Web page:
Learning Japanese: “Konichiwa. Watashi wa Katie desu.”

Hello. I’m Katie.

I have officially started my Japanese language lessons. I am in the process of learning the Katakana characters first then the Hiragana characters, as well as focusing building basic sentences and being able to count (things, numbers, money, time, etc). It’s exciting to be learning something completely new. I just need to find more time to practice and memorize.

Katakana

Katakana are the phonetic symbols that are used to represent any words of a foreign origin. There are technically only 48 katakana characters, but in actuality, there about about twice as many symbols as there are combinations of two characters or the addition of hash marks or little bubbles to the upper right of the character make a different sound. This is my family’s names written in katakana: “John, Jones, Jack, Katie, Anderson”. The “Jo” sound requires a combination of three symbols.FullSizeRender

What is fun about katakana for beginners to the Japanese language is that 95% of the words spelled in katakana are of English origin. One just has to first sound out the symbols and then guess what English word was the original. For example the katakana for “elevator” is phonetically “e – ri – be – ta”. It’s been fun to walk around the city and try to figure out what the katakana words mean.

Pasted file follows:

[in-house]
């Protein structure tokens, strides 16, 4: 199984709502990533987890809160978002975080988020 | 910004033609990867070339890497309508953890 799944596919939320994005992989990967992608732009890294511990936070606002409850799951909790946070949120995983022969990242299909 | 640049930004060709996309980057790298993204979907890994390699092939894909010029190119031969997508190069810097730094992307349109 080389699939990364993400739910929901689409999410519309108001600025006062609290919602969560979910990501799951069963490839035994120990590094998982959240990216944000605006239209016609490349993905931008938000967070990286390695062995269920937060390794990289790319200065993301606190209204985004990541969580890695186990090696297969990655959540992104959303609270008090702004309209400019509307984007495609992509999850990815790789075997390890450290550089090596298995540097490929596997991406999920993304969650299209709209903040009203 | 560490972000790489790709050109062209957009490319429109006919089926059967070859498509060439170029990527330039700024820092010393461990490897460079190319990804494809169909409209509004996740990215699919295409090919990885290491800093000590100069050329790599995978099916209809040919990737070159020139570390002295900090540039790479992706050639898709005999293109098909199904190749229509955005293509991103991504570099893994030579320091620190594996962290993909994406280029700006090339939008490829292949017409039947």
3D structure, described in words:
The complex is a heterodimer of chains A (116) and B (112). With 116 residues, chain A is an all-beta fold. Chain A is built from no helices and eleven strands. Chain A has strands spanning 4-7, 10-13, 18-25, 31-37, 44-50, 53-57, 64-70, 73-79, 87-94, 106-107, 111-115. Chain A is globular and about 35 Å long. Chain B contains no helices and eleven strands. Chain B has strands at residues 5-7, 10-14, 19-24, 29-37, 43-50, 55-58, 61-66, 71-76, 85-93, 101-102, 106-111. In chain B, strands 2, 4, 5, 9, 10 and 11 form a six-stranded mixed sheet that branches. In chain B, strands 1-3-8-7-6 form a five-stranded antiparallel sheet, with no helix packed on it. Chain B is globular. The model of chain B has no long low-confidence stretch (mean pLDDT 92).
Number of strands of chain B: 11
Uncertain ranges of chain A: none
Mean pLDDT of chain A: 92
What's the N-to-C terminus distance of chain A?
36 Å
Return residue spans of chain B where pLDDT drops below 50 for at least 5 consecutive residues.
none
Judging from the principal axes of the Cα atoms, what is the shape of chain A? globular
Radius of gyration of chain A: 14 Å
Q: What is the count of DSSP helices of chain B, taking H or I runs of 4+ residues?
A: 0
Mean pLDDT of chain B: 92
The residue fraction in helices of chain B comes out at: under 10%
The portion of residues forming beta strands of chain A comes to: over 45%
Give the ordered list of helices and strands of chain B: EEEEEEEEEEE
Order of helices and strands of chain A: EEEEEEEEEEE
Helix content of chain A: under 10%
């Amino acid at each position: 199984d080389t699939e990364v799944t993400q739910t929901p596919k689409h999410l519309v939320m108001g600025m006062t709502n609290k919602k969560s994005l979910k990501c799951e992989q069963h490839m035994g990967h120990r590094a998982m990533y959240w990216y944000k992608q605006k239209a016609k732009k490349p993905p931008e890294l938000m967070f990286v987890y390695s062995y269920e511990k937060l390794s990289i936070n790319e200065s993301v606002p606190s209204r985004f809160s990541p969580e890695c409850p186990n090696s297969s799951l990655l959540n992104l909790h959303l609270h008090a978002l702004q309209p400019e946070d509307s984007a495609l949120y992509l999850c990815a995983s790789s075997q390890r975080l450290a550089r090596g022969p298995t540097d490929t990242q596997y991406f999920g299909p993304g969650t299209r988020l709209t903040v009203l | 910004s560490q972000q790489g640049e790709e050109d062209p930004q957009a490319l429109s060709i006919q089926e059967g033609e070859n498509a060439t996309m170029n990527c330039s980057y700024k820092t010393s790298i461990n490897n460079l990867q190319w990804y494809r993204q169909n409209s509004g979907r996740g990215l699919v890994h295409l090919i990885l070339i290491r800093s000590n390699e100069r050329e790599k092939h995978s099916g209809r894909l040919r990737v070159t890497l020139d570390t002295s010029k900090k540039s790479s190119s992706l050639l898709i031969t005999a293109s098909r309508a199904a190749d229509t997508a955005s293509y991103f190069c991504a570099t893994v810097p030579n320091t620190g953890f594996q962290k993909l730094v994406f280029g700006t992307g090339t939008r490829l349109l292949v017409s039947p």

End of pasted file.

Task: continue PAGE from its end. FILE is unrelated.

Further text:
Hiragana

Hiragana are the phonetic symbols for words originally of Japanese origin (typically words that were in existence before the Edo period ended in the 1860s) for which there are no kanji. I will work on learning Hiragana next so that I can read as I develop my vocabulary skills.

Kanji

Kanji are the symbols that originated from Chinese that represent a whole word or meaning. I intend to learn some of the important kanji – such as for food at restaurants and for numbers.

Romaji

Romaji is the Roman alphabet that we use in the Western world. Romaji is relatively common in Tokyo, but less so outside of the city. It is also used as “eye-catchers” for advertising.

Be Part of My Chain of Learning

If you enjoyed this post and want to continue your learning journey with me, sign up for my periodic newsletter below where you’ll be the first to know about new articles on leadership, coaching, and continuous improvement, more author interviews and giveaways, and other opportunities to deepen your learning.

If you are already a subscriber, thank you!

Get The Latest Updates

Join my "Chain of Learning"!

Register below to sign up for my newsletter and be the first to know about new insights and inspiration to help you become the leader you always knew you could be.

I can’t wait to have you in this leading, learning, and caring world.

Related Posts

Share:

LinkedIn
Facebook
Twitter

Get my free guide 3 Tips to Break The Telling Habit & learn how to ask better questions with intention.

3 Tips to Break the Telling Habit